- Who owns the account: While employees own HSAs, employers own FSAs. This can affect whether you can keep your money if you switch employers.
- How much you can contribute: The amounts you can contribute differ between an FSA and an HSA. You can change your contribution amount for your HSA anytime during the year, whereas you select how much you want to contribute to your FSA during the open enrollment period or after a qualifying life event. For instance, you can change your FSA contribution amount if you have a family status change during the year, such as marriage or divorce.
Is an FSA the Same as an HSA for Tax Purposes?
In terms of taxes, FSAs and HSAs are similar. You’ll contribute pretax money into these accounts, which can lower your tax liability. Since you can get an HSA whether you are employed or self-employed, the tax considerations can be a little different. With an employer-sponsored account, your contributions aren’t subject to income or payroll taxes. If you are self-employed, your HSA contributions can be deducted on your federal tax return.
Is an HSA or an FSA Better?
Whether an HSA or an FSA is better depends on your specific health and financial circumstances. For many who meet the eligibility requirements for both, an HSA tends to be the better option, as you can contribute more each year and roll over any unused funds or take the account with you if you change employers. Keep in mind the advantages and disadvantages of both options to help you choose the best account for you. In some cases, you may not actually have to choose between the two.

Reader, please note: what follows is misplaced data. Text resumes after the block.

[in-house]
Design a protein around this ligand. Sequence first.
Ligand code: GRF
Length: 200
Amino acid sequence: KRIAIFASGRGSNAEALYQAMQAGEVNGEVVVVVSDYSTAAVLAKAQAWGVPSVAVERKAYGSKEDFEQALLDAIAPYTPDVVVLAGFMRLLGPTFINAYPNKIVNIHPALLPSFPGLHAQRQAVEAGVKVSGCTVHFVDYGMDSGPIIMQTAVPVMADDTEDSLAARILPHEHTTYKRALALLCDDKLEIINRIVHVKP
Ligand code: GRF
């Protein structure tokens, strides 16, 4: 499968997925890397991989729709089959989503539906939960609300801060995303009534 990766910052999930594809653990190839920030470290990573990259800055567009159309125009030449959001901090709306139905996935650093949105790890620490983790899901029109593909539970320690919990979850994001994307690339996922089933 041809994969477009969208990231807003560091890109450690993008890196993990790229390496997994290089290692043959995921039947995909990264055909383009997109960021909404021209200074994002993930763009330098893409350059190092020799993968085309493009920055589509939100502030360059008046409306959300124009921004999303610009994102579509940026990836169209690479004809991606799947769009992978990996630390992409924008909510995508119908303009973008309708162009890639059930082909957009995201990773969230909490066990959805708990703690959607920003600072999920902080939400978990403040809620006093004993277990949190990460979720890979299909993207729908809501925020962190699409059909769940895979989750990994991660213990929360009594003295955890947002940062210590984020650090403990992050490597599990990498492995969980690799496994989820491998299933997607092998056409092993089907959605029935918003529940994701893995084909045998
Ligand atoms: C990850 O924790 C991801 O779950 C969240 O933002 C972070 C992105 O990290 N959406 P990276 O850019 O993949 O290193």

Can You Have Both an HSA and an FSA?
You can have an HSA in addition to a dependent-care FSA and a limited-purpose FSA. This means you can use the type of FSA you have to cover dependent costs or dental and vision while also using your HSA. You cannot have a healthcare FSA in combination with an HSA.
How Much Should You Contribute to an HSA or FSA?
How much you should contribute to an HSA or FSA depends on both your unique circumstances and the contribution limits:
- HSA Contribution limits: For an HSA with a self-only HDHP, you can contribute as much as $3,650, while you can contribute as much as $7,300 if you have a family HDHP.
- FSA Contribution limits: For your FSA, your salary reduction contributions are limited to $2,750 annually.
Beyond your contribution limit, estimate your annual healthcare expenses to determine how much you should contribute to your account. Factor in your routine care, your known health conditions, your planned care and unexpected health costs.
Is Having an FSA or HSA Worth It?
To determine whether an HSA or FSA is worth it, you can first calculate your potential annual savings and compare that number to your deductible. To calculate your potential savings, add your premium savings and the employer contribution. When you do this, you’ll determine your breakeven point so you can figure out how long you’ll need to save without a major medical expense before your HSA or FSA saves you money.
Before you open an account, it can also be helpful to assess your current health and recent medical expenses. Review how much you spent on medical care in the past couple of years to determine whether an HSA or FSA makes financial sense for your situation. For many Americans, HSAs and FSAs are well worth the annual savings.
Contact The Difference Card